For one, there is something that feels countercultural about sitting still and being quiet for forty-five minutes.  We are rarely encouraged to slow down and reflect on our lives.  And it is amazing to me how much the tough, too cool for school teenagers adore confession.  One of my ninth grade students usually comes to class very tired and disheveled.  She is a hockey star with multiple tough older brothers who is rough around the edges in the most endearing way possible.  Totally out of character, she found me after our time in the theatre, grabbed my shoulders, literally lit up and expelled, “I love confession!  I feel so good now!”  I walked out with another ninth grade boy with the most monotone, deep voice I have ever heard come out of a fourteen year old.  Without my prying, he simply offered, “Wow Ms. Roscher.  That was great.  I bet I will be sin free now for about twenty minutes.”

In the middle of one of the sessions, I had a student come sit with me in the back.  He shared, “I am not really sure about this priest thing.  I mean, I believe in God, but my mom is not Catholic, so this all seems a bit odd to me.  Do I have to go up there?”  I reassured him that he did not need absolution from a priest to be forgiven by God, and then he proceeded to talk to me about what has been heavy on his heart.  It took me a minute after he went back to his seat to fully realize that he had approached me to offer him the sacrament of reconciliation.  Although I do not have that specific power according to the church, our conversation was precious, and I do believe something real happened.  There is nothing like building enough trust with students that they feel safe with you.

This year during the sacrament, I was struggling with an odd cold.  Daily the symptoms would change.  On reconciliation day, my eyes stung and watered for twenty-four hours straight.  Multiple times during the day, a sweet student would gently approach me to offer comfort, asking if I was ok.  I would smile as I realized they thought I was crying, possibly in a deep confessional moment with my God.  Even though the tears were a consequence of my body fighting germs, they worked as an invitation.  And each time a student would come sit with me and check in, flipping the normal power roles of teacher and student, a very sacred moment would pass between us.  Although I was not saying sorry for anything, they still offered me a gift of love.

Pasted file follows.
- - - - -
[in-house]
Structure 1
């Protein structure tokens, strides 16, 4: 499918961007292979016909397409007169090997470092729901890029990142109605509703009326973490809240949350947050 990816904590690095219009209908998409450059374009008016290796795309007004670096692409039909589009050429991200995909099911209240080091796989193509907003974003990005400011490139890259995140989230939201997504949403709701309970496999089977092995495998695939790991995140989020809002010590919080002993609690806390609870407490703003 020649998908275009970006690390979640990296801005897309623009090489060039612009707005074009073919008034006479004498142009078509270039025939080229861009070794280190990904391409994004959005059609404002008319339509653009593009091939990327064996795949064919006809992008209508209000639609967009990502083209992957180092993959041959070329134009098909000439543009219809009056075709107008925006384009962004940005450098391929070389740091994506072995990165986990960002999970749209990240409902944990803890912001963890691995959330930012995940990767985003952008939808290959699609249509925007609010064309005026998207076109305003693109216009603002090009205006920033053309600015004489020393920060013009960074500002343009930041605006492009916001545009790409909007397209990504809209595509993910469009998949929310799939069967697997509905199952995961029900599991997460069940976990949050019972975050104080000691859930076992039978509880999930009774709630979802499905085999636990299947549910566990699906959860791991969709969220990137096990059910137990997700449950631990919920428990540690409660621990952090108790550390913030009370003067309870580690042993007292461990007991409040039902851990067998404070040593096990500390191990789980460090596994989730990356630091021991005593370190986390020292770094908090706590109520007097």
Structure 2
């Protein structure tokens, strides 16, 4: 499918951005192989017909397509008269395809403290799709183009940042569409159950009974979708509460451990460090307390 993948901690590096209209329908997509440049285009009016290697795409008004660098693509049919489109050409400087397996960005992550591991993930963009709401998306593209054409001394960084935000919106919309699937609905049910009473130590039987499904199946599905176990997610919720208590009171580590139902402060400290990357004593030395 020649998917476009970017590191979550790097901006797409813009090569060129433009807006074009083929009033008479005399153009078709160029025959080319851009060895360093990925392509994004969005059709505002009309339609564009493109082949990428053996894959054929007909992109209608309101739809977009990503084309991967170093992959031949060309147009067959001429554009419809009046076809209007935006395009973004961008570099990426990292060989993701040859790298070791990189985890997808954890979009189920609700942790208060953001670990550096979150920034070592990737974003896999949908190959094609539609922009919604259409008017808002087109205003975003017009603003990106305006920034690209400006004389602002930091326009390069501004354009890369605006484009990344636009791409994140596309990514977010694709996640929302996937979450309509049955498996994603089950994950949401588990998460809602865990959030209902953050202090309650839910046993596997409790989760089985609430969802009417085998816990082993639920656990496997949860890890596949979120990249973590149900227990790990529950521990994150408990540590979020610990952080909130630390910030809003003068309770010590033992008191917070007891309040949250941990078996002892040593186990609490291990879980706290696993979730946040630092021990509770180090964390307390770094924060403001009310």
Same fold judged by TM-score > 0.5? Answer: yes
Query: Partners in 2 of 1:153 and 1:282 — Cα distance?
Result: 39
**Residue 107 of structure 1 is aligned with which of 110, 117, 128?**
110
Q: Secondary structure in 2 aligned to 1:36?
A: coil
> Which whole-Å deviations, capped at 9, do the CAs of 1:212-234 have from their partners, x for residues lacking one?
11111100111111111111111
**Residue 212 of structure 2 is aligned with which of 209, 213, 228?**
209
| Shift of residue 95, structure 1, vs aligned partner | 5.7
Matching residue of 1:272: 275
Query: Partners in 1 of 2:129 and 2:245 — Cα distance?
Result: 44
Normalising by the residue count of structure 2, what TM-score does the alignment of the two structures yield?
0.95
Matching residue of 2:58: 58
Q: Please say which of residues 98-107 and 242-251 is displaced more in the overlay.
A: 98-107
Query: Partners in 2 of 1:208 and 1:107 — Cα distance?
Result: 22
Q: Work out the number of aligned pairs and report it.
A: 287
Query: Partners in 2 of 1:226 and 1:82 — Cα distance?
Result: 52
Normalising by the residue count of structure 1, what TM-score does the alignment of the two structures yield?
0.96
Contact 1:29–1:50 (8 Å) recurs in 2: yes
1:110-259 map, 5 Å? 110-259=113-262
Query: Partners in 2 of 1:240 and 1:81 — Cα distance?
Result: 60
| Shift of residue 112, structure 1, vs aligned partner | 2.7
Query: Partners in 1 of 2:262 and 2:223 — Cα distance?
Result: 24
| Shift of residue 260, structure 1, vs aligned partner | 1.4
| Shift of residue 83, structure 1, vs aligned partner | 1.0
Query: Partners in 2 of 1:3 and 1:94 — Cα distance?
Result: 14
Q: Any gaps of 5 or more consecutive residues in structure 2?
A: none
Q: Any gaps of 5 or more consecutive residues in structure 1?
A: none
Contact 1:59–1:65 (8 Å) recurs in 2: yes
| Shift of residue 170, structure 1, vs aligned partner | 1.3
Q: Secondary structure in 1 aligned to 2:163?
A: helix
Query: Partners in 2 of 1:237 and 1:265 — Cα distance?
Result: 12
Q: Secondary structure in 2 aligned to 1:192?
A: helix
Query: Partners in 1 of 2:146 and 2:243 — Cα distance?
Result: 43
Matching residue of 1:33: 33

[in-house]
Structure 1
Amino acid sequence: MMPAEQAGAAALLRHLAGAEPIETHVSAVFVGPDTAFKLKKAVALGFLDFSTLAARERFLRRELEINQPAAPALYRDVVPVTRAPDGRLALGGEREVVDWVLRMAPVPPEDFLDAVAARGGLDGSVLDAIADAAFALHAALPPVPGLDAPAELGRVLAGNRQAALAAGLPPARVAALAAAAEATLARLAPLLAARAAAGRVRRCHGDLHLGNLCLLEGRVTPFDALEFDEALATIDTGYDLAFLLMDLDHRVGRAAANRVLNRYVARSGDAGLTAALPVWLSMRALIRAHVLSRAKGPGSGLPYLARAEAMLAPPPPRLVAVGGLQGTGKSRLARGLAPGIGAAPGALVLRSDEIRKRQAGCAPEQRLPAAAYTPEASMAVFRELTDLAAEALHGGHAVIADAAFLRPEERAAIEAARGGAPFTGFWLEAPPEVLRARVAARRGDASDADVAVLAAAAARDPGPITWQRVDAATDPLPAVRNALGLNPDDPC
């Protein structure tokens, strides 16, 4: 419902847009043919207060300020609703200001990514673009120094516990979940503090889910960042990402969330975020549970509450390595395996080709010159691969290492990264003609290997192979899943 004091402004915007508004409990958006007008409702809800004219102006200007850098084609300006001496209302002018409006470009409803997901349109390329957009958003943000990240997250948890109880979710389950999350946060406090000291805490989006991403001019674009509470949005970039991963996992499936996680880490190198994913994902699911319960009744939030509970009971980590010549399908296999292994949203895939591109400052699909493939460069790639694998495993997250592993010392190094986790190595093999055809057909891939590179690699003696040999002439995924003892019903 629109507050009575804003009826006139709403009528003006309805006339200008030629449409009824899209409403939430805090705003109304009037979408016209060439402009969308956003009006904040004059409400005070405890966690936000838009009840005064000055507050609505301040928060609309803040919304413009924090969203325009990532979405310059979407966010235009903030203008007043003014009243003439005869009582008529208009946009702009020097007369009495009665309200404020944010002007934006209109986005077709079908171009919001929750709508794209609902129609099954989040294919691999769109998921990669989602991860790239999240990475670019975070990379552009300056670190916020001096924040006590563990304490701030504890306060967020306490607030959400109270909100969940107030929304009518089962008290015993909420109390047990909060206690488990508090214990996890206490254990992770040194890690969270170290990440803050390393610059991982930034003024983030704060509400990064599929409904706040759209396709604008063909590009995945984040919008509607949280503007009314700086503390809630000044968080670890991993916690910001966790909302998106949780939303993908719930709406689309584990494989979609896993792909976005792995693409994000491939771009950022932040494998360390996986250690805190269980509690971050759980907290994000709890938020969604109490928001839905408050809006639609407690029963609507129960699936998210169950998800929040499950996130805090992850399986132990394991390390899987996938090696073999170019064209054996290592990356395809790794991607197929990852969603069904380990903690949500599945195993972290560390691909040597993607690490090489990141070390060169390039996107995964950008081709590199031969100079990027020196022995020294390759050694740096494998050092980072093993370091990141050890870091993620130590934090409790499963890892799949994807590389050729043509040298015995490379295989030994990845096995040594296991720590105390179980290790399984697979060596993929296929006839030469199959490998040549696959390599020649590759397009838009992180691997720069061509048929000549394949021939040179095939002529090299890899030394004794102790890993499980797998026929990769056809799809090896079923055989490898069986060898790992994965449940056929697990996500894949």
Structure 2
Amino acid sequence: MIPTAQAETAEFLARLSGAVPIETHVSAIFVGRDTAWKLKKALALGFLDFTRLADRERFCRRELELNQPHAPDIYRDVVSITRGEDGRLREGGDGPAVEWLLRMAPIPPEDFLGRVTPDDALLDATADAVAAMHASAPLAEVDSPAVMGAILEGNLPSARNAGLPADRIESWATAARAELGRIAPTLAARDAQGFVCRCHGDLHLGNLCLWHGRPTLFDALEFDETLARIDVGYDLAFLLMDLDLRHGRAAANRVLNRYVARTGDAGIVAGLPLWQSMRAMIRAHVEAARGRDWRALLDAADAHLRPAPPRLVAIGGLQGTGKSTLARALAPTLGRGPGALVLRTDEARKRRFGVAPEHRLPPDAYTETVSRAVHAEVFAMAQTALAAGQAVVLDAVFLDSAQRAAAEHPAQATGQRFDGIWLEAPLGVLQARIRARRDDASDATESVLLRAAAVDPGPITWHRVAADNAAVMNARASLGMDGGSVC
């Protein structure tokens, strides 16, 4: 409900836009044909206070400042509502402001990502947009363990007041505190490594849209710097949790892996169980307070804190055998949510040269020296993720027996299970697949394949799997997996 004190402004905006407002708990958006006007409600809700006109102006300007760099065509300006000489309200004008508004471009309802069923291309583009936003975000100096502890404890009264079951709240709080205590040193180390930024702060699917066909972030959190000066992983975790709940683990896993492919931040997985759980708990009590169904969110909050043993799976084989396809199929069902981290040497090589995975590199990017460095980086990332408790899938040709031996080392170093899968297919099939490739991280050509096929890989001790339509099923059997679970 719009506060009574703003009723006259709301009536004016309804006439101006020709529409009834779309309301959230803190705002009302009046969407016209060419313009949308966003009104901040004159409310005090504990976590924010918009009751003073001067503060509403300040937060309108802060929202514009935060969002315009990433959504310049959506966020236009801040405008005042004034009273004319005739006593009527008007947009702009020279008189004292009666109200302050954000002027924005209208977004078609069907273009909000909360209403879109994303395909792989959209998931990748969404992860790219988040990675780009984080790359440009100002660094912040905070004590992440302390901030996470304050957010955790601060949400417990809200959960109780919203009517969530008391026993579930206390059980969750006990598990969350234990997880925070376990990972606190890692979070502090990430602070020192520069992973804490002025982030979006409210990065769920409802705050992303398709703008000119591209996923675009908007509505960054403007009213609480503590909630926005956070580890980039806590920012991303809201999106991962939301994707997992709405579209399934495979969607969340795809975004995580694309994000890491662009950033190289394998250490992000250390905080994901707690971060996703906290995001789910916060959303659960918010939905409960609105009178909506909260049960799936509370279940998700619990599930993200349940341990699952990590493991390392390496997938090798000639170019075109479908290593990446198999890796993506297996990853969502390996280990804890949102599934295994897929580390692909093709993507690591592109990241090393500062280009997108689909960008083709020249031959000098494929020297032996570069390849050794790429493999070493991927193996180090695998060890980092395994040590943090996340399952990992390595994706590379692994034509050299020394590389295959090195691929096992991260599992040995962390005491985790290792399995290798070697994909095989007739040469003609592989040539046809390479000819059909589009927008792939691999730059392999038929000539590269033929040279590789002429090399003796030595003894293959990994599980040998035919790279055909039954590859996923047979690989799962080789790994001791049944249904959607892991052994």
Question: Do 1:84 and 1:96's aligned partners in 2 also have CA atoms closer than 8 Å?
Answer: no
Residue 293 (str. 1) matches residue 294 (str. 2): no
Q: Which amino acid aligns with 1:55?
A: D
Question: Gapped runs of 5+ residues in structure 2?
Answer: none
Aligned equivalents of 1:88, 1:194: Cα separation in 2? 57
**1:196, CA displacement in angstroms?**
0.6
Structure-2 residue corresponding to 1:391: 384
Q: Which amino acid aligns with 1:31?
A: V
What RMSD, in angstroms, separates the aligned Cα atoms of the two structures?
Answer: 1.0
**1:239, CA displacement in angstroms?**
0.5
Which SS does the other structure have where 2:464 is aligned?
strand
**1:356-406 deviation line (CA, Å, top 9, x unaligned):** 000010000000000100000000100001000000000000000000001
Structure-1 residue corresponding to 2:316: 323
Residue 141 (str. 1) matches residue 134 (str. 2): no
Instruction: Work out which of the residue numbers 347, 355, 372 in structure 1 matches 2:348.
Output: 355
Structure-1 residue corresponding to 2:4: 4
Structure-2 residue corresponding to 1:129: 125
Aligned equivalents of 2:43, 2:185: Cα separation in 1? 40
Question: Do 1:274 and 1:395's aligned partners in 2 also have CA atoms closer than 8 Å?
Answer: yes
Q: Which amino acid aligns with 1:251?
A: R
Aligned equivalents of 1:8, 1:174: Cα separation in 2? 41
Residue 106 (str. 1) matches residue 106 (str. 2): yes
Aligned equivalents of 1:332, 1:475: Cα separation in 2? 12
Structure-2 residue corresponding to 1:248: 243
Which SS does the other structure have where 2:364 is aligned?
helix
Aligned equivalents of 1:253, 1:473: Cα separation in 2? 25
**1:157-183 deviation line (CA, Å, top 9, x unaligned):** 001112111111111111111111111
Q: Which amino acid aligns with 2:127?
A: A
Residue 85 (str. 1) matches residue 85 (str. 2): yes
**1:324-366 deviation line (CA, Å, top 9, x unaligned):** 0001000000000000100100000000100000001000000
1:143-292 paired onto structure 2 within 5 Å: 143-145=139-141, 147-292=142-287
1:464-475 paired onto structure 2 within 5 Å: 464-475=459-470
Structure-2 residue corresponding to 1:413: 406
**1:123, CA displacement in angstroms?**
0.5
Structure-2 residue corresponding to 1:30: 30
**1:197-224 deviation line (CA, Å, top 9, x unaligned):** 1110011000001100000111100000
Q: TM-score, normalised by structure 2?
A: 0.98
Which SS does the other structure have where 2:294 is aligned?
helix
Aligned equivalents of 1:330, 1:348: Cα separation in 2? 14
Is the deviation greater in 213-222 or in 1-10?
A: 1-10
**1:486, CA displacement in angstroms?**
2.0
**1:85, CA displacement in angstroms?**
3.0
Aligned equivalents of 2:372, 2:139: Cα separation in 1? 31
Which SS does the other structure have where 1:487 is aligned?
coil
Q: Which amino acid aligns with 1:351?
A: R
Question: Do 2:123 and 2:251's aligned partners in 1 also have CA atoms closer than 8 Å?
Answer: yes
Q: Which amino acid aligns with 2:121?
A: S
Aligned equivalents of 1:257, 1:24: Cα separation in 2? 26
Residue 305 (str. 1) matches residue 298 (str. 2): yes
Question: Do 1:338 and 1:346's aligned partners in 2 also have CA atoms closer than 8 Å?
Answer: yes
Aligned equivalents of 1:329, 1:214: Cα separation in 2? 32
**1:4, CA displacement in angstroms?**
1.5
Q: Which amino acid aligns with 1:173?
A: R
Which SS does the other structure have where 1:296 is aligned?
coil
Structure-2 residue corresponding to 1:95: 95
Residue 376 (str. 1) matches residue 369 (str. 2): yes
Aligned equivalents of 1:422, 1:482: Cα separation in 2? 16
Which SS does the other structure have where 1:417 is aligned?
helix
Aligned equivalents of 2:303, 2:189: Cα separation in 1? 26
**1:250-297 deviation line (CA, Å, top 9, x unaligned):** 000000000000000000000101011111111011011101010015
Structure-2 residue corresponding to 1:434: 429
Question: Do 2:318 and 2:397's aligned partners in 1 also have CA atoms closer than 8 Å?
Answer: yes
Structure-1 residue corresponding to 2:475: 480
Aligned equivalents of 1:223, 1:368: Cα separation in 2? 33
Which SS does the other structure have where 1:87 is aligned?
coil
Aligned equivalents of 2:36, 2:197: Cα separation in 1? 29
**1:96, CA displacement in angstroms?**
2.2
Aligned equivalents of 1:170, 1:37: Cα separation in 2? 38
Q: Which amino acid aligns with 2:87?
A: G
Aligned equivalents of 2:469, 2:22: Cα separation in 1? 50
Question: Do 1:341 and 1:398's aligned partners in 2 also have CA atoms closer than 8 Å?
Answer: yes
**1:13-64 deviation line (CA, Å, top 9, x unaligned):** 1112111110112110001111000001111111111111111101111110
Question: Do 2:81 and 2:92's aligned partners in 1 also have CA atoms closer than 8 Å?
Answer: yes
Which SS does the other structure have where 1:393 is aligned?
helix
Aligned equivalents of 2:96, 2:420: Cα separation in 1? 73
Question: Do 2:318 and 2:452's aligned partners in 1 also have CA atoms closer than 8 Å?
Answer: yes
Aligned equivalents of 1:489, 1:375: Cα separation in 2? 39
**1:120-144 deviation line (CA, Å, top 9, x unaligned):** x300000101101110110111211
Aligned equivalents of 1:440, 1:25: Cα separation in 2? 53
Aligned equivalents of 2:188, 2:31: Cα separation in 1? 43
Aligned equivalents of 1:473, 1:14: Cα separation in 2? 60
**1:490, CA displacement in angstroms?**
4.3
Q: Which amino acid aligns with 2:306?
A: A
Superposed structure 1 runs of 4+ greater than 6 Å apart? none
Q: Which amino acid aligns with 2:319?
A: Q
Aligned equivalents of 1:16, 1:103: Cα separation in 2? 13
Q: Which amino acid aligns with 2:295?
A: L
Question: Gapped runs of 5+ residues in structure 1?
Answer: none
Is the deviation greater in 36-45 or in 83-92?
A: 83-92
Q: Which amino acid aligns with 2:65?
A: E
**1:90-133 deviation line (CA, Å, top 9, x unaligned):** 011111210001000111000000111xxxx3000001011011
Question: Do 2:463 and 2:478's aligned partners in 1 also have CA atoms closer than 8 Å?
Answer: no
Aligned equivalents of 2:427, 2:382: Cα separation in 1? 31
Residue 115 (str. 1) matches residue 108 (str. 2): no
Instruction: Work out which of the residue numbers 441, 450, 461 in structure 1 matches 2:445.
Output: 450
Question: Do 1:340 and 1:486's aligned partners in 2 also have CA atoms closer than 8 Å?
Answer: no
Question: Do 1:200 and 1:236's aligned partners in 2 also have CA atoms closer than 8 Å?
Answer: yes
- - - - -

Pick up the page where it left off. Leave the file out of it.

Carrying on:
God is present all the time.  God is everywhere.  But I do believe there are intensifications of that presence.  It is good now and again to work to dissolve barriers that stand between us and the divine.  Take away the desks, the lights and the lecture, and we may, just for a moment, be reminded that God is indeed alive and well in each of us.  We are granted a glimpse of the wholeness that is to come.

Yet even in this thin space, I do not go up.  I watch my young students one by one, be brave enough to go claim their forgiveness.  Not yet guarded, not yet bitter, ok with their brokenness, ready to start fresh.  They amaze me.  There is something so vulnerable and precious about a fourteen-year old student strutting across the stage to ask for forgiveness.  But I cannot do it.  In my three years at the school, I have never gone up.  Why am I confessing to cyberspace what I am unable to admit to a priest?  I want so badly to be able to articulate my limits and get healing doused on me.  But my heart is hardened.  I do not want healing from a priest.  Going up, in some way, feels like admitting my inferiority as a woman.  So I stay seated, stubborn, struggling, unabsolved in the eyes of the Church.